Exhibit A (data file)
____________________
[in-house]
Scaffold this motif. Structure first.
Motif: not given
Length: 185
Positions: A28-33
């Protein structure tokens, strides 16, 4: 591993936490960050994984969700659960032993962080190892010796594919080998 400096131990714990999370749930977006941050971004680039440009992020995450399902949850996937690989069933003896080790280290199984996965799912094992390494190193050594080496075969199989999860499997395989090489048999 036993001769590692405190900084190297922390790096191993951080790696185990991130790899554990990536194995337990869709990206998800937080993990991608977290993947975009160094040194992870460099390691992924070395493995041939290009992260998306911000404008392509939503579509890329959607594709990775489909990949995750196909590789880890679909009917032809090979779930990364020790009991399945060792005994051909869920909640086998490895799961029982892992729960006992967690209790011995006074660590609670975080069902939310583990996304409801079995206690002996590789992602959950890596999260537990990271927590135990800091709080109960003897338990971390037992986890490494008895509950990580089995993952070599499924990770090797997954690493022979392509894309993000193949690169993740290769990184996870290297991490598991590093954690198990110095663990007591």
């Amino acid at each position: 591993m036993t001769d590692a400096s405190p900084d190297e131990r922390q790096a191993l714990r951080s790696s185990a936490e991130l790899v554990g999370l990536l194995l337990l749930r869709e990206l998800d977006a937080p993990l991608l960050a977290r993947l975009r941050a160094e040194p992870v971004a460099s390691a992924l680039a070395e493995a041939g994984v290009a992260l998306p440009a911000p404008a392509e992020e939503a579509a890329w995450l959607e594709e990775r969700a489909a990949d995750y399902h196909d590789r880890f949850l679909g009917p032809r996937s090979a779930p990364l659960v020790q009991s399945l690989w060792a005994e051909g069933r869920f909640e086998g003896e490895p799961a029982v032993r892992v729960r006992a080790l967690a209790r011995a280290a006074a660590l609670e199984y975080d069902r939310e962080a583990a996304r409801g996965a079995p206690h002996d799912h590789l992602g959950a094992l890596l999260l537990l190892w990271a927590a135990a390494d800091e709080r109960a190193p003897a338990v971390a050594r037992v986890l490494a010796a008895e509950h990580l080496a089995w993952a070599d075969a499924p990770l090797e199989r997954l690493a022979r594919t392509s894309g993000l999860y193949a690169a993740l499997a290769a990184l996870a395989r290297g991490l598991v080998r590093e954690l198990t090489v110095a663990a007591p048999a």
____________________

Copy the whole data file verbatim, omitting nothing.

[in-house]
Scaffold this motif. Structure first.
Motif: not given
Length: 185
Positions: A28-33
């Protein structure tokens, strides 16, 4: 591993936490960050994984969700659960032993962080190892010796594919080998 400096131990714990999370749930977006941050971004680039440009992020995450399902949850996937690989069933003896080790280290199984996965799912094992390494190193050594080496075969199989999860499997395989090489048999 036993001769590692405190900084190297922390790096191993951080790696185990991130790899554990990536194995337990869709990206998800937080993990991608977290993947975009160094040194992870460099390691992924070395493995041939290009992260998306911000404008392509939503579509890329959607594709990775489909990949995750196909590789880890679909009917032809090979779930990364020790009991399945060792005994051909869920909640086998490895799961029982892992729960006992967690209790011995006074660590609670975080069902939310583990996304409801079995206690002996590789992602959950890596999260537990990271927590135990800091709080109960003897338990971390037992986890490494008895509950990580089995993952070599499924990770090797997954690493022979392509894309993000193949690169993740290769990184996870290297991490598991590093954690198990110095663990007591």
């Amino acid at each position: 591993m036993t001769d590692a400096s405190p900084d190297e131990r922390q790096a191993l714990r951080s790696s185990a936490e991130l790899v554990g999370l990536l194995l337990l749930r869709e990206l998800d977006a937080p993990l991608l960050a977290r993947l975009r941050a160094e040194p992870v971004a460099s390691a992924l680039a070395e493995a041939g994984v290009a992260l998306p440009a911000p404008a392509e992020e939503a579509a890329w995450l959607e594709e990775r969700a489909a990949d995750y399902h196909d590789r880890f949850l679909g009917p032809r996937s090979a779930p990364l659960v020790q009991s399945l690989w060792a005994e051909g069933r869920f909640e086998g003896e490895p799961a029982v032993r892992v729960r006992a080790l967690a209790r011995a280290a006074a660590l609670e199984y975080d069902r939310e962080a583990a996304r409801g996965a079995p206690h002996d799912h590789l992602g959950a094992l890596l999260l537990l190892w990271a927590a135990a390494d800091e709080r109960a190193p003897a338990v971390a050594r037992v986890l490494a010796a008895e509950h990580l080496a089995w993952a070599d075969a499924p990770l090797e199989r997954l690493a022979r594919t392509s894309g993000l999860y193949a690169a993740l499997a290769a990184l996870a395989r290297g991490l598991v080998r590093e954690l198990t090489v110095a663990a007591p048999a």